First time mothers can all agree, there were things they were told and other things they simply had to learn. For Black maternity health week (April 11-17), we spoke to seven Black mothers who opened up about their experience with motherhood while giving the advice they wish had received before giving birth.
From different birth methods to lessons about postpartum, here’s what no one told them about pregnancy, that they want to tell you.
Jasmine Ramnarine, 30, Vlogger
Once you deliver your baby your body and mood can completely change, your hormones do a complete 180. Physically my legs and feet became extremely swollen to the point it hurt to walk. I also still looked and felt 10 months pregnant after birth. It took about a week and half for all the swelling to go down. My tummy took several months to return to its normal complexion and shrink down. My postpartum stage was so much worse than actually carrying my child. I suffered from postpartum depression for several weeks constantly crying, blaming myself for everything and worrying about my baby.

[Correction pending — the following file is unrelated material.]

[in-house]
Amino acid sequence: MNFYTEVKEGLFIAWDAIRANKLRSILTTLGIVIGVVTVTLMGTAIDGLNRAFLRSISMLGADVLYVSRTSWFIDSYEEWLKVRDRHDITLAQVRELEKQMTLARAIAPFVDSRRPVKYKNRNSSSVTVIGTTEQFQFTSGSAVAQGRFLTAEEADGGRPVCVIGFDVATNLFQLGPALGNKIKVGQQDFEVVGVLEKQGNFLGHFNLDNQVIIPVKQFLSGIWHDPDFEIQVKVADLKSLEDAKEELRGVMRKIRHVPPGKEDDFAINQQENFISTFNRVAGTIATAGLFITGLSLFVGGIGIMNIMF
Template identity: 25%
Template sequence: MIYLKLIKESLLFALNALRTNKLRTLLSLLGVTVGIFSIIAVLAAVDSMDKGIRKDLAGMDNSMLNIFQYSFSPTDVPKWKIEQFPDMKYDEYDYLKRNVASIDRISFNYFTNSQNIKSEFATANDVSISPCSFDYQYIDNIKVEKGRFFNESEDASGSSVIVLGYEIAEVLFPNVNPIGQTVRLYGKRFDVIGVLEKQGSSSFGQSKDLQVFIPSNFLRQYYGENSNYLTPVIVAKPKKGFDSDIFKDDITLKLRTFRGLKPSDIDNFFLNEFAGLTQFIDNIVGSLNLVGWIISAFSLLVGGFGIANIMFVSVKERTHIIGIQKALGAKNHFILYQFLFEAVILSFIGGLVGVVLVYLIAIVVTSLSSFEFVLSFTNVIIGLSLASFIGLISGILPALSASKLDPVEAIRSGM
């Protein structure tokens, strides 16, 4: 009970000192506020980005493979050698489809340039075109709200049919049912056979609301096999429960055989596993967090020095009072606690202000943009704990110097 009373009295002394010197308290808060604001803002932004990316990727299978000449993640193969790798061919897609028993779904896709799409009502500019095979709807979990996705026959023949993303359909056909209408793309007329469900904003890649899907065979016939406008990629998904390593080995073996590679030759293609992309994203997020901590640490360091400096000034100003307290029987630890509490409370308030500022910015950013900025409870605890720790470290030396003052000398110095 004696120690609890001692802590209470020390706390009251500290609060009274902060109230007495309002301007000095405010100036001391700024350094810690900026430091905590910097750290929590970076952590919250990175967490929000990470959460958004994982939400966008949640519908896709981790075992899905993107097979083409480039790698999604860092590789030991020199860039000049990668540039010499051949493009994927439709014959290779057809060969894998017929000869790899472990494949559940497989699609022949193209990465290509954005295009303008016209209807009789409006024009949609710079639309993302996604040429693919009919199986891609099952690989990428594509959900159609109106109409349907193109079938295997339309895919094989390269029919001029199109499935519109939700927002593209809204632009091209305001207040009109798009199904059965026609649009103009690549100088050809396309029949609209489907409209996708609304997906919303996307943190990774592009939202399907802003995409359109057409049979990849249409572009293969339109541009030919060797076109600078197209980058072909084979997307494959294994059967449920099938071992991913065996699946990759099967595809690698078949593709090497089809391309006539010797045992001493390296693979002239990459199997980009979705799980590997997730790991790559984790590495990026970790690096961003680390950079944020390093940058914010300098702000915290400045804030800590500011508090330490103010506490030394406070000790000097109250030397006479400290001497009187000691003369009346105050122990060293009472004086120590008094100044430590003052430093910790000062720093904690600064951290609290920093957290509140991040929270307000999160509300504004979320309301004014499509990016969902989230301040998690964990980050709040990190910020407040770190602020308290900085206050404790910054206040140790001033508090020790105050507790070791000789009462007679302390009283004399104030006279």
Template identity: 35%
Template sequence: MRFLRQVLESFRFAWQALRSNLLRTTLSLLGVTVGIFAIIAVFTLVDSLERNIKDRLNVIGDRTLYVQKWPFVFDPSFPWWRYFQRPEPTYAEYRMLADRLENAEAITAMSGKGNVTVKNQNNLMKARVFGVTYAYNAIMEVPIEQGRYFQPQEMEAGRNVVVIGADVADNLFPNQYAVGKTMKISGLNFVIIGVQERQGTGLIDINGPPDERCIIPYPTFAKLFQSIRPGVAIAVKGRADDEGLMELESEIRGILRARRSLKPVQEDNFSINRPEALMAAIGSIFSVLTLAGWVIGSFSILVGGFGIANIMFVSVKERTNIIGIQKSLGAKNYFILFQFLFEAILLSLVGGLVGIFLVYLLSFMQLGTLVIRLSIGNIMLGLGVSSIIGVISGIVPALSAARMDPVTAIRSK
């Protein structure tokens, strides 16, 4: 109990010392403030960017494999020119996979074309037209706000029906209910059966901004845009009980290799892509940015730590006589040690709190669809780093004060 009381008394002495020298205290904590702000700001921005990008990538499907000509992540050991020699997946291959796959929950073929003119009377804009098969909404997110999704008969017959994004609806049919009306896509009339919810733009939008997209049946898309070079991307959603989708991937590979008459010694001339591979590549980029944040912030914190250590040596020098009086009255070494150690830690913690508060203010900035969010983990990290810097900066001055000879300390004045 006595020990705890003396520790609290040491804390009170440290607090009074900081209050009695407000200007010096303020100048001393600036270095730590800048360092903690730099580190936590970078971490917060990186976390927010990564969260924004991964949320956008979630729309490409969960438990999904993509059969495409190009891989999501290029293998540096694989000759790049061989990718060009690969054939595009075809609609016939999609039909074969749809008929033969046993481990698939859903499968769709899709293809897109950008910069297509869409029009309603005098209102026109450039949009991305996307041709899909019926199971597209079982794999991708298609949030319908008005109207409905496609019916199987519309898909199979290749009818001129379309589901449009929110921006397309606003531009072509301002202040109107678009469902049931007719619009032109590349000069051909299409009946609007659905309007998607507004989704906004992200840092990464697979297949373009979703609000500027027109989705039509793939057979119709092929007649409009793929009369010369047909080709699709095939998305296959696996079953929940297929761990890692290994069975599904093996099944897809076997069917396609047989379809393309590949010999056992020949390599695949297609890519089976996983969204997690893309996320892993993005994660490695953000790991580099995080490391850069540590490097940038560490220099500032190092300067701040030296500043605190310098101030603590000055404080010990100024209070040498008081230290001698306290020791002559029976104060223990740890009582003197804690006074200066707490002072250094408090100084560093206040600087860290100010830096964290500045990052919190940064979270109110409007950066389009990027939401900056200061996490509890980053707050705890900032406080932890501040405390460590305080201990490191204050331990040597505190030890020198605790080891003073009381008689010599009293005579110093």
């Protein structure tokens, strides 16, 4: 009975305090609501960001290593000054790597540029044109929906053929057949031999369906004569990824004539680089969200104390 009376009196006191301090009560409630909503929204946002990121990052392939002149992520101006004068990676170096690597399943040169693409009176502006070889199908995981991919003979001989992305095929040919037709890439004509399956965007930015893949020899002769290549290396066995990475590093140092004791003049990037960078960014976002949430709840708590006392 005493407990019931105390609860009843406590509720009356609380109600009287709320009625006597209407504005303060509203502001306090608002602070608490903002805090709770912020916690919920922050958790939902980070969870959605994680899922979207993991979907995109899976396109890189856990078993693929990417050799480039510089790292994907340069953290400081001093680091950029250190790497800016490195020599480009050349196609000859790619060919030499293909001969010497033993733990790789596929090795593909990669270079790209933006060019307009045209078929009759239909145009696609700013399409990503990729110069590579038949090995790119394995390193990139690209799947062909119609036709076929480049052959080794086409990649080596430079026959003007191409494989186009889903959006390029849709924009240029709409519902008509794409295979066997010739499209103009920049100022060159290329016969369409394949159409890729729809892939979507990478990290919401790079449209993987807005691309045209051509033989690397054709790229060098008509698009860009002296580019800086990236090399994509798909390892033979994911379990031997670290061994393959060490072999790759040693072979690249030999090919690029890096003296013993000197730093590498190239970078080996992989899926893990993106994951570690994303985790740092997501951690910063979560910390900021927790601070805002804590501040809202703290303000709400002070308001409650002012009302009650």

But with the help from my husband and family I was able to get back to feeling like myself again. Becoming a mother is a huge adjustment for your mind, body and spirit but I am so proud to be a mother to my daughters, I wouldn’t change my experiences for anything in the world!
Ty Alexander, 42, Best Selling Author/ Founder Of Destination Heal
No one tells you how bad it hurts for obviously reasons. After 24 years I think about how if I were educated about childbirth back then it wouldn’t have been so painful. I wouldn’t have declined that big needle in my spine. My doctor saw a 19-year-old kid not a woman giving birth. So I wasn’t given options. I think generations behind me who are blessed with the Internet have an abundance of information. Research how you’d like your child birthing experience to be. It will make all the difference.